Entity explains that the way you clap your hands can be important, given the situation.

Even if you haven’t thought much about clapping before, when you walk into a symphony hall, you instinctively know it’s probably not appropriate to clap and cheer the same way you would at a football game.

Instead of feeling self-conscious (When do I clap? How do I clap?), follow these simple etiquette guidelines to clap like an (elegant) lady.

According to etiquette expert, Joy Weaver, savvy women who wish to politely express appreciation will hold their hands slightly to the left at chest-height and make small, brisk claps. For a standing ovation, “stand, lift your elbows high and slightly to the left, then clap small and briskly.”

To avoid an applause faux pas, Weaver cautions, “You never want to clap in front of your own face, and you sure don’t want to clap in front of someone else’s.”

Before the show begins, some welcome claps are appreciated by the performers. Weaver says, “Always clap at the entrance of the Concert master, any soloists and the Conductor/Concert Maestro.” These claps function as a sign of appreciation for all the musicians.

As for timing during the remainder of the show, take your cues from the conductor. According to David Pogue and Scott Speck’s “Clapping Etiquette at Classical Music Concerts” article, “If [the conductor] doesn’t want you to clap, [he or she] sometimes signals this fact by keeping his hands up and waiting patiently or by turning around and looking directly into the eyes of the clappers.” Typically, the conductor will lower his or her arms before turning around to acknowledge the audience and invite applause.

Similarly, while you may hear brief pauses in between movements of a concerto, you should generally wait until the end of the entire piece before crying, “Bravo!”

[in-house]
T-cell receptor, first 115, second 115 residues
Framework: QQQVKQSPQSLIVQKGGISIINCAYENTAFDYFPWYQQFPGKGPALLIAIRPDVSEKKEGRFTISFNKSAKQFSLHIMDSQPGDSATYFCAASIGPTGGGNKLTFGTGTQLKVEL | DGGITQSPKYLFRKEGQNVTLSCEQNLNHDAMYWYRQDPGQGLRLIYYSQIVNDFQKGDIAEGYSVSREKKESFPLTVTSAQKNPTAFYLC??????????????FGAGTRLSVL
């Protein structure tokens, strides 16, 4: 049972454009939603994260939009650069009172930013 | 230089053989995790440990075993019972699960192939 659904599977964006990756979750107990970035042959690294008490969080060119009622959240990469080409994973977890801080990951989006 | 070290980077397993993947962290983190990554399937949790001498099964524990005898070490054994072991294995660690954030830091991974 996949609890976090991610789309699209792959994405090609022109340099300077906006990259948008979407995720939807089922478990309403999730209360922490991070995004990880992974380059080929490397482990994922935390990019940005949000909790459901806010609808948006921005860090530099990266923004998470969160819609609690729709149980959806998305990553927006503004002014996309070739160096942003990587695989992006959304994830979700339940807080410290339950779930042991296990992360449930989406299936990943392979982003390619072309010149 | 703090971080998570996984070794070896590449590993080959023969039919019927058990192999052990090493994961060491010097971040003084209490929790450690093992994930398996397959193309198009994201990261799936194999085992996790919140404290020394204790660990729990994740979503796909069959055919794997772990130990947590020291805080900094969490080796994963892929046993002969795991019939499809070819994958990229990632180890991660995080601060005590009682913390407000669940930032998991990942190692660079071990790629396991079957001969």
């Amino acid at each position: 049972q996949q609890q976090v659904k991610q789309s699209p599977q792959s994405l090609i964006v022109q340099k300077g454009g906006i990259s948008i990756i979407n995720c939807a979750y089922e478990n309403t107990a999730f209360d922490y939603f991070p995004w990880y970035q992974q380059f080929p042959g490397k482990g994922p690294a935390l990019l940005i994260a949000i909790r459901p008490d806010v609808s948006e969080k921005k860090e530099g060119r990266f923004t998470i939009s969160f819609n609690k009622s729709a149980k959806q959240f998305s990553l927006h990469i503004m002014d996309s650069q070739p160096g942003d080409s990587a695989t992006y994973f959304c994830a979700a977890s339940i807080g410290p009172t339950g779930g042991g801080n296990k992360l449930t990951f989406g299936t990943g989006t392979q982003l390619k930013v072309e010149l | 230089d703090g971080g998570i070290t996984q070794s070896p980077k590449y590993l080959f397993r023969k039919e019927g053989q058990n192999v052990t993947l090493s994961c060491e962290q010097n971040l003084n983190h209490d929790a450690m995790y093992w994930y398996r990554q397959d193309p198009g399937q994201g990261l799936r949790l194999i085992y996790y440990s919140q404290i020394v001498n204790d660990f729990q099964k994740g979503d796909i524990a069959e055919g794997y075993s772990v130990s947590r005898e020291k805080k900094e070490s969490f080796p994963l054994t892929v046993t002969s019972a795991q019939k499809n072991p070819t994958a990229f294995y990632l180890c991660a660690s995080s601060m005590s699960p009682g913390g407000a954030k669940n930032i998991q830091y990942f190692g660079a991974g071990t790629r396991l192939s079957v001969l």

Why not? Clapping during these brief pauses between movements can interrupt a special moment for concert-goers who feel transfixed by the music. Music critic Susan Nickolls tells the BBC, “The thing I do hate is when it’s a really quiet piece and you are transported somewhere else entirely and when the piece ends you just want to stay there until the very last beat echoes, or the last string pulses, and there’s always someone somewhere who just needs to be the first to clap.”

Not only that, but silence, as CSO bassoonist William Buchman tells Chicago Tribune, plays an important role in classical music. “The silence is as profound as some of the music, and when that silence is not allowed its space, you lose a lot o the emotional impact that the silence can otherwise generate,” Buchman says.

To clap with confidence, check your playbill program to confirm how many movements (or pauses) you can expect before a piece concludes. And, if all else fails, you can also wait until the players on stage put down their instruments or until everyone around you starts clapping. In this case, elegant #womenthatdo can follow others’ lead!

Edited by Casey Cromwell

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